Even though Alex Carpenter grew up about 20 miles from the EDGE Sports Center in Bedford, Mass., she still decided to move into an apartment closer to the ice rink where the U.S. Olympic Women’s Team is training in the run up to the Sochi 2014 Olympic Winter Games in February.
“It’s nice to be able to go home and not worry about the dog or two brothers, not worry about what’s going on,” said the 19-year-old who played for a travel team called the Wizards that also plays at the EDGE Sports Center. “It’s nice to be able to go home and sit in a nice quiet apartment.
“I thought it would be a new experience, I really wanted to get the whole affect of the experience. I thought living away from home in a whole different place would be nice; just really enjoying the moment.”
The junior forward at Boston College spent all summer living with her family in North Reading while she was training to make the 25-player roster invited to Bedford.
Now she is living with teammate Anne Pankowski as they both vie to make the team when it is cut down to the final 21 players in December.
“I think I just have to fulfill the role the coaches want me to on this team, whether that’s scoring goals, playing defense or doing the little things,” she said. “Just do what they want me to do and whatever is best for the team.
“I’m not trying to think about [the cut]. I’m just taking it one day, one week at a time. I have high hopes, but whatever the coaches need for the team I respect that and I know regardless of the outcome I gave it my all.”
Team USA coach Katey Stone said Carpenter is a playmaker who sees the ice really well.
“She’s great in tight spaces,” Stone said.
Although she hasn’t played in the Olympics, Carpenter has international experience with the senior national team. She scored a goal and added two assists in five games during Team USA’s gold-medal run at the 2013 International Ice Hockey Federation Women's World Championships in Ottawa, Ont.
Carpenter credited a lot of her success at the international level to her Boston College coaches, Katie King-Crowley and Courtney Kennedy, who both played for Team USA. King-Crowley won gold in the 1998 Winter Games, silver in 2002 and bronze in 2006 while Kennedy was on the 2002 and 2006 Olympic squads.
“Being with them the last two years really helped me step up my game to understand a lot,” Carpenter said.
The coaches also helped Carpenter improve at the college level as well. Carpenter was the Hockey East scoring champion (70 points) and a top-10 Patty Kazmaier Award finalist last year. She said she’ll miss playing with her college team this year, but she also said that it helps that former BC players Kelli Stack and Molly Schaus are on the national team and that she is still close enough to attend the Eagles’ games when she can.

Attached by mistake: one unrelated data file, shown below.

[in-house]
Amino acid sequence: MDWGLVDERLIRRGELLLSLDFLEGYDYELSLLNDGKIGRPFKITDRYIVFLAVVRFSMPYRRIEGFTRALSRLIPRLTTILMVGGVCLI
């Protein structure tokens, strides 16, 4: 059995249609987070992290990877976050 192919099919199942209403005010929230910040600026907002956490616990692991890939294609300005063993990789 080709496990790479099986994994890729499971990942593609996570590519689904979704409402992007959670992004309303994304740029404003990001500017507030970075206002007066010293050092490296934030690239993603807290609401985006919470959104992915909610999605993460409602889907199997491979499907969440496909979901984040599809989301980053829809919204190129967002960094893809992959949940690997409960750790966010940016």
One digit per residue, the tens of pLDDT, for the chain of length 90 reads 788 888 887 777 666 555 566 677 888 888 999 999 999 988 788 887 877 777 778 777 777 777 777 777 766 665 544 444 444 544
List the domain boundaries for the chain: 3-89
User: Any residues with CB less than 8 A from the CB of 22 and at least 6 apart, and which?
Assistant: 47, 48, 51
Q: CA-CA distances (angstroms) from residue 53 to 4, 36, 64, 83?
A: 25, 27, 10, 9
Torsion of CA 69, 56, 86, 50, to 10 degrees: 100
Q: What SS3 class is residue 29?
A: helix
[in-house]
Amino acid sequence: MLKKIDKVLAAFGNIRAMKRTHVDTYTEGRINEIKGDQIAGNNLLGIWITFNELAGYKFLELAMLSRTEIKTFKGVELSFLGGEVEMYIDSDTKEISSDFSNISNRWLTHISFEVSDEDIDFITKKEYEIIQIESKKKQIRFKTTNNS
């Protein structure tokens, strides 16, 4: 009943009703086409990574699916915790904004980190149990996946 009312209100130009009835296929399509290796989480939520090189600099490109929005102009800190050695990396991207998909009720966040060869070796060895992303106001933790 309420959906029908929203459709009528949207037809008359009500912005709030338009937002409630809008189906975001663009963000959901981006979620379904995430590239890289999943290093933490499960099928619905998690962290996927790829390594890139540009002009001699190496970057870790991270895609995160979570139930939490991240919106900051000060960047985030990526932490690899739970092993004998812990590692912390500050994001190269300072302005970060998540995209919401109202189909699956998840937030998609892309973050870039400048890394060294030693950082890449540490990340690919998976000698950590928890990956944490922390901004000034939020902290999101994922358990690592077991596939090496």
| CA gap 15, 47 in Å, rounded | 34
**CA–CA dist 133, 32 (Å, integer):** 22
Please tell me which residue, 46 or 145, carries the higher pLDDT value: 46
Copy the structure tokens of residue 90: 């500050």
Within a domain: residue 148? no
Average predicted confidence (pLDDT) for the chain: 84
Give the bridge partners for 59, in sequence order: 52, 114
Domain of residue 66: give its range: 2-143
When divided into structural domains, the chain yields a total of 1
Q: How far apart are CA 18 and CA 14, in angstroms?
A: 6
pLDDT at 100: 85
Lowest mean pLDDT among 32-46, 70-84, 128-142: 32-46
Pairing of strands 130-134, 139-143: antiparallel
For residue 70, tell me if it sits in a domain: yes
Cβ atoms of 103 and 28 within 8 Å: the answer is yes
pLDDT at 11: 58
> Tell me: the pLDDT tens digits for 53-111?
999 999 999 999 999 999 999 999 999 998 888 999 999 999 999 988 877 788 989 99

“It’s definitely been pretty hard having to leave my grade and leave my team for the year,” she said. “Kelli and Molly both did the same thing [while at BC]. It’s just part of what we’re doing. You have to accept it for what it is. I’m grateful I have two more years [at BC].
Ultimately Carpenter — who set a Hockey East record with a 24-game point streak last year and set Boston College single-season records for points (70), assists (38) and plus/minus rating (plus-46) — understands that she’s playing for a greater cause.
“It would be unbelievable,” she said of playing in her first Olympics. “It would be a dream come true. It would be something a lot of us have been working for all our lives so it would be so fulfilling to be able to do that.”
And bringing home a medal from Russia this February would certainly give her some bragging rights when she does go back to her North Reading home to play against her 17-year-old brother Robert.
“We always go out back to the ice rink in our backyard and shoot pucks and play one-on-one,” she said. “We’re both really competitive. That sometimes turns into a bloodbath.”
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Team USA takes on Canada to kick off the Bring on the World Tour on Saturday in Burlington, Vt.